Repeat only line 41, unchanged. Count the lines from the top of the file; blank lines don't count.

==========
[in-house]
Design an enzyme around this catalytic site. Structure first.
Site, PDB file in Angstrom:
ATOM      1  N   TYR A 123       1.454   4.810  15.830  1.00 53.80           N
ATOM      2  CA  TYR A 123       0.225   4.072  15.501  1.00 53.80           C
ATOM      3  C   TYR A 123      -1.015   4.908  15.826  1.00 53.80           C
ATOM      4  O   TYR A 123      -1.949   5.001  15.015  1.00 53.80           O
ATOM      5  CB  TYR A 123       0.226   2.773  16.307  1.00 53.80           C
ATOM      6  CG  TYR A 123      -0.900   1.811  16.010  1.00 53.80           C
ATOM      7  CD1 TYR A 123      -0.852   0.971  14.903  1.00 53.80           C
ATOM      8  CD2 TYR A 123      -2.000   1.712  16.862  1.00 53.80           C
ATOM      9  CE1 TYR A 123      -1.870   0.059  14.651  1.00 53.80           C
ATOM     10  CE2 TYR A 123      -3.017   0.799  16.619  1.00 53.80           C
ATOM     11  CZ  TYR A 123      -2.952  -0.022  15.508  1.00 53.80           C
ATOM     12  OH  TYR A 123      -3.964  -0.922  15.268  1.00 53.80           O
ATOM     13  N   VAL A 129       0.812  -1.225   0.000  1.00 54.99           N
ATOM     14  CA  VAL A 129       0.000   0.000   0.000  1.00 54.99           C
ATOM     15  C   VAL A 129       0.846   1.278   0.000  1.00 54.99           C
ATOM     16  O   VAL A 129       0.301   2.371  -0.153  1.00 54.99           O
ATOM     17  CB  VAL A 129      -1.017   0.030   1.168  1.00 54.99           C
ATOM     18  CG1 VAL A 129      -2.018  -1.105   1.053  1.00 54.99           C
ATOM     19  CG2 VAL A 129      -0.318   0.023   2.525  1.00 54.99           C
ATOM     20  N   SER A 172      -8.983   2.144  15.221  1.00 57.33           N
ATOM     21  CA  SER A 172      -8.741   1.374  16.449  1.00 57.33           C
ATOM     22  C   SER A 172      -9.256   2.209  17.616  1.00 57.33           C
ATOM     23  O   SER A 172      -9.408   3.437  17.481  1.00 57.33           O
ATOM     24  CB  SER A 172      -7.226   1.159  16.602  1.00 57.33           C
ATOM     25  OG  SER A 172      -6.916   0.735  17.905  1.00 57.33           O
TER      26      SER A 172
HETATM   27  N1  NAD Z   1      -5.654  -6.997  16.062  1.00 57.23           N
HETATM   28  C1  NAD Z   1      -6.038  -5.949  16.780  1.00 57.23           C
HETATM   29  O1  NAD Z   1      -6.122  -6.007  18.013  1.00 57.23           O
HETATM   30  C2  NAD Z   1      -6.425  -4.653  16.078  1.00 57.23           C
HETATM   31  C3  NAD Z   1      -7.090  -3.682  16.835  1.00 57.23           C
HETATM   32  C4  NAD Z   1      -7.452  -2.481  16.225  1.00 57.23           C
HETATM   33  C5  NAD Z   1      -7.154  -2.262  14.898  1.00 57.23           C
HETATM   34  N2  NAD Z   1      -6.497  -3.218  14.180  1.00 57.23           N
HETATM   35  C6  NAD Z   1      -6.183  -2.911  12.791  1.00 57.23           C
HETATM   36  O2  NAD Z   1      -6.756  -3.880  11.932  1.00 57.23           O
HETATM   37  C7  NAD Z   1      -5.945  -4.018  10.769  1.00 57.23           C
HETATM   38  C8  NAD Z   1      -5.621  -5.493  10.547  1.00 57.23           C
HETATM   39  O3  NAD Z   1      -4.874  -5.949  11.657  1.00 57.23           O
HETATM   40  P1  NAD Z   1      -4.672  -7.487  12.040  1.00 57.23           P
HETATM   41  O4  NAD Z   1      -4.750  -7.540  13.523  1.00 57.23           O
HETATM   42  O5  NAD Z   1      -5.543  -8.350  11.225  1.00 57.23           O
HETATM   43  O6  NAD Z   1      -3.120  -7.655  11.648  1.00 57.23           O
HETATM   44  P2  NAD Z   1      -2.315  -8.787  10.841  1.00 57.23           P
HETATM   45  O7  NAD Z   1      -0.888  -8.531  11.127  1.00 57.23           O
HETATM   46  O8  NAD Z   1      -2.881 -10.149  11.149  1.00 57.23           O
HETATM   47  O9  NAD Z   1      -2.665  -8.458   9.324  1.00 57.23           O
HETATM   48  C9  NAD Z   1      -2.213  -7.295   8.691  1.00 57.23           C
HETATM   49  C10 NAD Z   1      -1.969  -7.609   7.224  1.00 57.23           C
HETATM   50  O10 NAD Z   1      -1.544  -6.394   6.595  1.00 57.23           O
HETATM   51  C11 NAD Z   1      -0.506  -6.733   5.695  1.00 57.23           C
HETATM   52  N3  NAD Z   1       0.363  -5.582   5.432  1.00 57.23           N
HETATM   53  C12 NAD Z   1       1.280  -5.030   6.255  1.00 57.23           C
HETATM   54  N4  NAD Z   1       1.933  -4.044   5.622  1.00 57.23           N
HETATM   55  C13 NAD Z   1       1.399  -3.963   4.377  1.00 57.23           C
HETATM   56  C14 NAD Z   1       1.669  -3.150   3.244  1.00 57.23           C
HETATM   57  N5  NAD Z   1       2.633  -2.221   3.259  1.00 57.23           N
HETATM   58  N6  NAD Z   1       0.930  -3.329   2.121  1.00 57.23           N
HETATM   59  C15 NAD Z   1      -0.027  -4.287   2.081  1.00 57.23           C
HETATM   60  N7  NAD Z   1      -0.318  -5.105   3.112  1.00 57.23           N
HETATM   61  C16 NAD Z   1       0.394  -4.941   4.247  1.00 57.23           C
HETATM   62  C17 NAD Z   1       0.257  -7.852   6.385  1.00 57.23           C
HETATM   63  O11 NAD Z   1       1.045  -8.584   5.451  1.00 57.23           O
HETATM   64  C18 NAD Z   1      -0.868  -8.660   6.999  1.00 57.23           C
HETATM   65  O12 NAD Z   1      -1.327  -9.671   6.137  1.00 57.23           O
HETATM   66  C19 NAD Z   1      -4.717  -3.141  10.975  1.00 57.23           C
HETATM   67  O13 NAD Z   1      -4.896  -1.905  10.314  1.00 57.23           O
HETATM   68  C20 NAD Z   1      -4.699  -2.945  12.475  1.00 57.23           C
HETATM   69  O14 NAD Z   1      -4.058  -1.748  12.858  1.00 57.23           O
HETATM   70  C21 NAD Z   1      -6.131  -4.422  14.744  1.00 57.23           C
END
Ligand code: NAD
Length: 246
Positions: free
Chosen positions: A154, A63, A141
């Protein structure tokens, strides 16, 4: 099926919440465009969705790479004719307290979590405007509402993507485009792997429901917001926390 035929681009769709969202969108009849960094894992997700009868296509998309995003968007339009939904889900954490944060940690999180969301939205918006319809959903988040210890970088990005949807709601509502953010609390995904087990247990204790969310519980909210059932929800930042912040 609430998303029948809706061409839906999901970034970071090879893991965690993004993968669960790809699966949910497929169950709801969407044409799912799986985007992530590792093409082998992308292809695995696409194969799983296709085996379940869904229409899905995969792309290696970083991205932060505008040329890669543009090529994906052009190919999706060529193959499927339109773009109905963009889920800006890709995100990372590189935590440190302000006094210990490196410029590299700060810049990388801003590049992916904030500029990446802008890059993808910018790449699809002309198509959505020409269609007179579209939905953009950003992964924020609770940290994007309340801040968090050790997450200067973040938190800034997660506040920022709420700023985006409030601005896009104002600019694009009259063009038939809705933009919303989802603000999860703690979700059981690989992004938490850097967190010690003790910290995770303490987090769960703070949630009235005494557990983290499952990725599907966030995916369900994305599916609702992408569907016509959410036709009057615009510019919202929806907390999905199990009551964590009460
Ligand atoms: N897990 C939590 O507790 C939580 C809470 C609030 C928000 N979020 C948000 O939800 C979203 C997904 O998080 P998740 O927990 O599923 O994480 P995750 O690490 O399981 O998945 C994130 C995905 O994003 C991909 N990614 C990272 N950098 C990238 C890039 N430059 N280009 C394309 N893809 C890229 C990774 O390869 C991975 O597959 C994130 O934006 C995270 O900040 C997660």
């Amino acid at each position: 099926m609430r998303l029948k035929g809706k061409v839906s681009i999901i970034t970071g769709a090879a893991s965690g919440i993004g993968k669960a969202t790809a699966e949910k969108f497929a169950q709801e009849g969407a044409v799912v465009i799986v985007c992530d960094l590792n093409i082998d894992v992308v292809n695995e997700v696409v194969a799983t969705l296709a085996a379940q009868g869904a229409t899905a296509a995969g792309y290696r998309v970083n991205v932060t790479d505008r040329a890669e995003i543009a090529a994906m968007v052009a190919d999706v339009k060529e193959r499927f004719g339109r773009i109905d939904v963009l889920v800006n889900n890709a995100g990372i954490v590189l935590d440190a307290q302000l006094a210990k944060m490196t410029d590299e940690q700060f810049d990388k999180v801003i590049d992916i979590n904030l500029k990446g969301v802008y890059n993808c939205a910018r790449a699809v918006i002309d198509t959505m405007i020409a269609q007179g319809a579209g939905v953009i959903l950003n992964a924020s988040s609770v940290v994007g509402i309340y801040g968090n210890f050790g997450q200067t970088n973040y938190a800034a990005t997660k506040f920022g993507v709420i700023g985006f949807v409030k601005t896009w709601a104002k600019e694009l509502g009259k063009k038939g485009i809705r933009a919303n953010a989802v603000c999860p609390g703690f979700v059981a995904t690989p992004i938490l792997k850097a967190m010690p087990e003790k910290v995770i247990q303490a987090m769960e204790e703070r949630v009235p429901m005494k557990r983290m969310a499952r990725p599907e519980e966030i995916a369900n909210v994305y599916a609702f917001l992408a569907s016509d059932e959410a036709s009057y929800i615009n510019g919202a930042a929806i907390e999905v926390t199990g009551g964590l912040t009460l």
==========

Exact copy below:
HETATM   38  C8  NAD Z   1      -5.621  -5.493  10.547  1.00 57.23           C